Mini Pinball Machine | The MagPi #117

Gamers are sure to have a ball with Chris Dalke’s fun desktop pinball table. In the latest issue of The MagPi, out now, David Crookes has his fingers at the ready…

Pinball machines have been around for decades. They were popular during the Depression in the 1930s, banned under US gambling laws for 34 years from 1942, developed flippers in 1947 and saw a resurgence in popularity in the 1990s. But, in all that time, the machines have had one thing in common: their sheer size and weight.

That, however, didn’t stop Chris Dalke from trying to create a version of his own. “Years ago, I had a high school woodshop class with access to a CNC wood cutter,” he says. “I tried to make an electromechanical pinball machine but never finished because the project was too ambitious in scope for my skill set and budget at the time.”

Even so, the desire to create a pinball machine remained strong so he tried again, this time creating a miniature version using a Raspberry Pi 4 computer, an Arduino Uno, an LED matrix display, a bunch of buttons and a 7-inch HDMI touchscreen. “It constrained the project to a more realistic scope,” he says. “It also allowed the enclosure to be smaller so it could be brought out and played on a tabletop.”

The laser-cut maple exterior gives a solid arcade feel
The laser-cut maple exterior gives a solid arcade feel

Lane change

Chris had a clear objective in mind from the start. “I wanted to retain the feeling of a physical arcade game with intense sound, vibration and colours as well as the tactile response of the inputs,” he says. “I noticed many arcade games feel very good at the lowest level of tactile response, an individual button or joystick press, so I started there, with clicky arcade buttons.”

Raspberry Pi 4B and an Arduino Uno are at the heart of the build. Chris says the project was iterative, however, so he doesn’t have build plans

To that end, he decided not to replicate the mechanics of a pinball machine. “It was less about the pinball machine and more about building the complete experience of a small arcade game that could retain the feel of a full-scale game,” he explains. It led him to create a screen-based version of pinball which he coded in C++ and OpenGL, using the open-source software development library Raylib to create both the graphics and audio.

Rather than run an existing pinball game, Chris created his own. It runs at 60fps and contains power-ups and high scores

“I chose very vibrant neon-inspired colours: purple, green and pink which are very saturated on the monitor,” he continues. “In the game code I also added extensive juicing which is the use of many small animations and visual/audio tweaks to improve the feel of a game. For example, the ball and bumpers stretch and distort excessively when a collision occurs, exaggerating the physical effect of the collision.”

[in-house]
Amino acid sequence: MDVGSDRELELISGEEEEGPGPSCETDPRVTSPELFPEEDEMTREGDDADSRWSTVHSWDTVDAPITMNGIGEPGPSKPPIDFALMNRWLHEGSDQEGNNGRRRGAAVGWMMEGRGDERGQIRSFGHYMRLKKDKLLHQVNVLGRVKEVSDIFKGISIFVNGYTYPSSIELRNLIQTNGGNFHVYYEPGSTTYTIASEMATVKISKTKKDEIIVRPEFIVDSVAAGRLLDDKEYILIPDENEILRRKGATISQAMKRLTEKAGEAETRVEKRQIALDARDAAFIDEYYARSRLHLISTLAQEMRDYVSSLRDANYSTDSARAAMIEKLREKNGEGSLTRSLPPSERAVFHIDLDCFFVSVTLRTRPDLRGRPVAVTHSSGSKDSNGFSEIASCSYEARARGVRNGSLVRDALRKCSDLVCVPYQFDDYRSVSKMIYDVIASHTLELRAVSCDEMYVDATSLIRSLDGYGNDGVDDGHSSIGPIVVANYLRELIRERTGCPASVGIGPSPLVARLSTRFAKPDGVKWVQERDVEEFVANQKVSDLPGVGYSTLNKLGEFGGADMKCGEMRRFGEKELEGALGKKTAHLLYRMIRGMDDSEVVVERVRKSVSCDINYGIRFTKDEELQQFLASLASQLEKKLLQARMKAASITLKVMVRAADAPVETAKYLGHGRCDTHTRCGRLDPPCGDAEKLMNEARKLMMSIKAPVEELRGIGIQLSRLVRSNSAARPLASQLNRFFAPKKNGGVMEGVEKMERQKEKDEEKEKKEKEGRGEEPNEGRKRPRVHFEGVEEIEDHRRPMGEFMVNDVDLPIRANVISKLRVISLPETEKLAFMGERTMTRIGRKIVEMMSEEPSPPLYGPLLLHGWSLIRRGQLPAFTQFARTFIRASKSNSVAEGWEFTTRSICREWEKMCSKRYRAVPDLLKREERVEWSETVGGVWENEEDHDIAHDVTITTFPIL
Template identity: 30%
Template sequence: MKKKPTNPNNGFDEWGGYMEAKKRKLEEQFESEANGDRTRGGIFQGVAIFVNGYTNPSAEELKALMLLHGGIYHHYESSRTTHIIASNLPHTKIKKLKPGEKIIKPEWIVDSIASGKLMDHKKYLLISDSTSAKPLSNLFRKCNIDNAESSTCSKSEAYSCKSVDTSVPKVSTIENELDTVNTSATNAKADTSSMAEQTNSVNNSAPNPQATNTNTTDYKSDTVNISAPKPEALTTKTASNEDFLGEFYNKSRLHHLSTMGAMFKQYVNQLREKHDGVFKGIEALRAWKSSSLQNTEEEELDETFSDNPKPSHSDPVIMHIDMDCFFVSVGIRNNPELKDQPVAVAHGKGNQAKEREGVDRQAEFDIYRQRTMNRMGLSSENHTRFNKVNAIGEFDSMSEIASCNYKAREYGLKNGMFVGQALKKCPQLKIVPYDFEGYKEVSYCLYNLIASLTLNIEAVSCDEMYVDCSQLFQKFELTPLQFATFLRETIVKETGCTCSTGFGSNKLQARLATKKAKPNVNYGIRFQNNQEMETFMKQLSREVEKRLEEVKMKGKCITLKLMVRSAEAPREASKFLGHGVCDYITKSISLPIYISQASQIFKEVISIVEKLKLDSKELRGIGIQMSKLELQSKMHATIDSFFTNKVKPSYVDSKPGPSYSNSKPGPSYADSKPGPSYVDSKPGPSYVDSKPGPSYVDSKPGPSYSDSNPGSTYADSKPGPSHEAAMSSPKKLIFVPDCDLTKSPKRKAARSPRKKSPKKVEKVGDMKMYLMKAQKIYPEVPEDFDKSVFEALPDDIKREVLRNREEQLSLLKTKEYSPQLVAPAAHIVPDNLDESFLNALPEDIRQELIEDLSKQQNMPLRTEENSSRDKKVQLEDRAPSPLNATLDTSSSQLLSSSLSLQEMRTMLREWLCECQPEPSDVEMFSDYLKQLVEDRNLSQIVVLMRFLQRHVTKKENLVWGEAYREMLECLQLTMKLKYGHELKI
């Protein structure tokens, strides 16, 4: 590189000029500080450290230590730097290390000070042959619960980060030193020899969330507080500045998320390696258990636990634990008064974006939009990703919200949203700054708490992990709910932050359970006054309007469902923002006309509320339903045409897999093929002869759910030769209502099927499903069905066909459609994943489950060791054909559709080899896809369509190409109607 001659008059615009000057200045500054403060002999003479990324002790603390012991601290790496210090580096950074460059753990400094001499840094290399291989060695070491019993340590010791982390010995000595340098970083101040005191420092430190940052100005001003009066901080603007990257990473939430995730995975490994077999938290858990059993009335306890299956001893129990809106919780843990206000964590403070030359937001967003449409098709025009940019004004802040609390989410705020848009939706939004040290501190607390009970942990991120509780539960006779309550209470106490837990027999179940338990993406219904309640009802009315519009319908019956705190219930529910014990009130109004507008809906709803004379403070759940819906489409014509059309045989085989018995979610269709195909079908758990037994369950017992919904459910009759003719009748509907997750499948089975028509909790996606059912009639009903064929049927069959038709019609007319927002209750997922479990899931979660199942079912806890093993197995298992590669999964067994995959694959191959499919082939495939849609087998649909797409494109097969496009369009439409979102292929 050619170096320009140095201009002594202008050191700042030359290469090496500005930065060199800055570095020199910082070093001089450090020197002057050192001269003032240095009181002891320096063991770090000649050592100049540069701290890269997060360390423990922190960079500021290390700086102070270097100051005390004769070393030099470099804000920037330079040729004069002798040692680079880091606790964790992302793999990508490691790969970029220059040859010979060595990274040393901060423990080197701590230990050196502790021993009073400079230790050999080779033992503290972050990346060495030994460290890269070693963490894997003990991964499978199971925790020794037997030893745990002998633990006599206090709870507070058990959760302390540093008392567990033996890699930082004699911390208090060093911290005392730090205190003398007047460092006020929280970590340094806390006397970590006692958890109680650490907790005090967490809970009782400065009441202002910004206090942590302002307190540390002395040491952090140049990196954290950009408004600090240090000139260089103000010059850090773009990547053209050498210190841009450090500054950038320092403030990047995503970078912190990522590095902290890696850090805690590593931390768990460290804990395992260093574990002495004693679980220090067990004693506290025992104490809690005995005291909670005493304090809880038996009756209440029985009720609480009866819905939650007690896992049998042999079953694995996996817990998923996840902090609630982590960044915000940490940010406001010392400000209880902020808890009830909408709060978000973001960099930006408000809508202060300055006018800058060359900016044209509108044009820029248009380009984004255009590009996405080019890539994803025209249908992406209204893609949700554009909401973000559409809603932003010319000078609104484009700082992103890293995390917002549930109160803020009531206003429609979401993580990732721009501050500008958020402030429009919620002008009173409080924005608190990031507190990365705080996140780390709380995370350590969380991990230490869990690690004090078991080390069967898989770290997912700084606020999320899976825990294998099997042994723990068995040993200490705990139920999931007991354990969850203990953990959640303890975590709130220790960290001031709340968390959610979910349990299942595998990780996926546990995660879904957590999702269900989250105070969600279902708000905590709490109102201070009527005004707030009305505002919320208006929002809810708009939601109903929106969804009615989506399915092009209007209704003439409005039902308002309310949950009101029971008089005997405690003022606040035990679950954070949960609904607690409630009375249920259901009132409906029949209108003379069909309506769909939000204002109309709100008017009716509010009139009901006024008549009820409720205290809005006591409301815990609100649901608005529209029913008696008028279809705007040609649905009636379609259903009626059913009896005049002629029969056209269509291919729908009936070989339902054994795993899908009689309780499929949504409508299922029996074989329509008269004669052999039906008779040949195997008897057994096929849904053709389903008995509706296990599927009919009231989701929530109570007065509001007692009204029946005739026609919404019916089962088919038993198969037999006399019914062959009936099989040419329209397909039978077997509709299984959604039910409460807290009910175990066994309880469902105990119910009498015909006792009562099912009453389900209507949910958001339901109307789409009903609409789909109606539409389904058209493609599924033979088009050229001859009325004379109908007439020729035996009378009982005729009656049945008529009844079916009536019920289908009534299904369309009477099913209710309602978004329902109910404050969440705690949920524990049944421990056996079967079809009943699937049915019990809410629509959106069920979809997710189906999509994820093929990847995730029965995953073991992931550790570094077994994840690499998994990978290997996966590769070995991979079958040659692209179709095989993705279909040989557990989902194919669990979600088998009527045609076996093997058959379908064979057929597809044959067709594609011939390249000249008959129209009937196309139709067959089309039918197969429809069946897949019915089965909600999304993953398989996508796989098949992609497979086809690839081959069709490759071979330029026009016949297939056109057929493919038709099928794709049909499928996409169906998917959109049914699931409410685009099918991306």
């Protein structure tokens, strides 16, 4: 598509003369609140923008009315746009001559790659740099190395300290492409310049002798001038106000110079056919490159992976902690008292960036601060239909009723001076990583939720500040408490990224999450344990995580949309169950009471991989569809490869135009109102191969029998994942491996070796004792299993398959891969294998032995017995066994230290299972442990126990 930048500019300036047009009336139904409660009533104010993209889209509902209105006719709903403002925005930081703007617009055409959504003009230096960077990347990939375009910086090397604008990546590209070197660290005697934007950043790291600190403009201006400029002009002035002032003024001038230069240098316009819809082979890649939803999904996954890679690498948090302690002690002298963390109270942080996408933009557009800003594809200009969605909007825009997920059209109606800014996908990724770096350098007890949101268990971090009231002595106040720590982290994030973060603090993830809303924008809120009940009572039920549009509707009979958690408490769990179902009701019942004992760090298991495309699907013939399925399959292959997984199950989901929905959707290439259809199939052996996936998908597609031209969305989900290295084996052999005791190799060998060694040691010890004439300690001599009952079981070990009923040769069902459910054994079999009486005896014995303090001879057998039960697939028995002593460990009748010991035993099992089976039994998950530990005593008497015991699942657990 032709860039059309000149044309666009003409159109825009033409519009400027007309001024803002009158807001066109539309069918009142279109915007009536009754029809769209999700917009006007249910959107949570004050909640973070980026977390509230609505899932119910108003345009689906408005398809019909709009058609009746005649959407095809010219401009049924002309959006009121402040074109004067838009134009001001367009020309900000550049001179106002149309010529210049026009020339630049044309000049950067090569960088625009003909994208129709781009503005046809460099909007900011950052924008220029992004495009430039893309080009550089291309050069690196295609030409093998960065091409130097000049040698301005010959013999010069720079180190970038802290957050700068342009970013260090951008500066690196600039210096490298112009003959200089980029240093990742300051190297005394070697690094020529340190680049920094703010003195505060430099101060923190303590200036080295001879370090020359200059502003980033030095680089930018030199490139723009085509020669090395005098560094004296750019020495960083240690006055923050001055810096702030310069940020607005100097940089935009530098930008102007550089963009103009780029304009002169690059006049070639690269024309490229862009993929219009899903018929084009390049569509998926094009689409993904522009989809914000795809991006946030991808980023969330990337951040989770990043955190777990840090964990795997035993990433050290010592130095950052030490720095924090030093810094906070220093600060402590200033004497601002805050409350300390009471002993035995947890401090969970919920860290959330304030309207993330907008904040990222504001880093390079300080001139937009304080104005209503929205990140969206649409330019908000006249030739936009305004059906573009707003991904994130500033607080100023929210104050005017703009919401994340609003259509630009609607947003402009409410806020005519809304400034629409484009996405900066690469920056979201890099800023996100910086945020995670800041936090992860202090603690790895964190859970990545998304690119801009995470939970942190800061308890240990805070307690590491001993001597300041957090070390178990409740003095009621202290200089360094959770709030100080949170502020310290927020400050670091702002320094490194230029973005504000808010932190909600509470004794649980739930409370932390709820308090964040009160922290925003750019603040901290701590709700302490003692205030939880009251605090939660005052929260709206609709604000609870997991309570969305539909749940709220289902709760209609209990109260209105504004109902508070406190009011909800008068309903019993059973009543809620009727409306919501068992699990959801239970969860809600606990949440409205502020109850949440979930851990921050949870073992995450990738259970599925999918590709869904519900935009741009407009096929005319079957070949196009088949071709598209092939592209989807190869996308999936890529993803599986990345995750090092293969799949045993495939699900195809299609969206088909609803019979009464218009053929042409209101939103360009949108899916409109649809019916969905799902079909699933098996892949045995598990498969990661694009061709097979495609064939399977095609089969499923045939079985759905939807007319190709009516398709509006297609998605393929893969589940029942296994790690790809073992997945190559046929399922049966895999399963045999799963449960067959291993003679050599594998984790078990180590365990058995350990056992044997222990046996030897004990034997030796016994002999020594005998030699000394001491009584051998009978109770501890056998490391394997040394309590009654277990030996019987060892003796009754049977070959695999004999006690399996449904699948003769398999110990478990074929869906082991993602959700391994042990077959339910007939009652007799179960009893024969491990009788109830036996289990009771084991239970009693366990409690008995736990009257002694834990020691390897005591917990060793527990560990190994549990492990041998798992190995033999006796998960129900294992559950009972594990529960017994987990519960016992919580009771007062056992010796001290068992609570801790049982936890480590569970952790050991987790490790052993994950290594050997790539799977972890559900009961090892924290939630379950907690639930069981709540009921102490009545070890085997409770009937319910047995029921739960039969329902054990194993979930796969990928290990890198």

Keeping score

For an authentic look, Chris naturally wanted the laser-cut Baltic birch plywood enclosure to resemble a pinball machine, so he tweaked the design to ensure it was unmistakable. “Initially, I’d designed a flat box without the vertical headboard seen in conventional pinball machines but I added an LED matrix and vertical section,” he says. “I wanted to retain the visual signature of a pinball machine and have some element that made the game feel less like it was played only on the touchscreen.” YouTube videos such as Secrets of Game Feel and Juice helped Chris when designing the game.

After creating a CAD render of the Pinball Machine around the size of a Raspberry Pi 4 and a HDMI screen, Chris laser-cut each of the enclosure pieces out of Baltic birch plywood

The Adafruit LED matrix provides the score and feedback and it certainly looks the part. “The LED matrix casts a very nice orange light onto the wood and it works well to pull the gameplay out of the screen and into the physical world,” Chris continues. The Arduino Uno drives the LED matrix and button inputs, and it communicates with the Raspberry Pi board via a serial protocol. The Raspberry Pi is connected to a speaker driver too, allowing for stereo sound.

It may look like there’s ample room but getting all of the electronics inside the enclosure was tricky. Slats are cut into the side of the enclosure to allow players to hear the stereo sound.

“I also included a solenoid which I planned to trigger for haptic feedback,” he says. “But the vibration was too high-frequency to match the expectation of a heavier ball – I ended up using sound effects instead.” Still, this doesn’t detract from the overall build, and Chris is very pleased with how it’s turned out. “The project is the sum of many individual tweaks to the components, but the whole experience comes together very well.”

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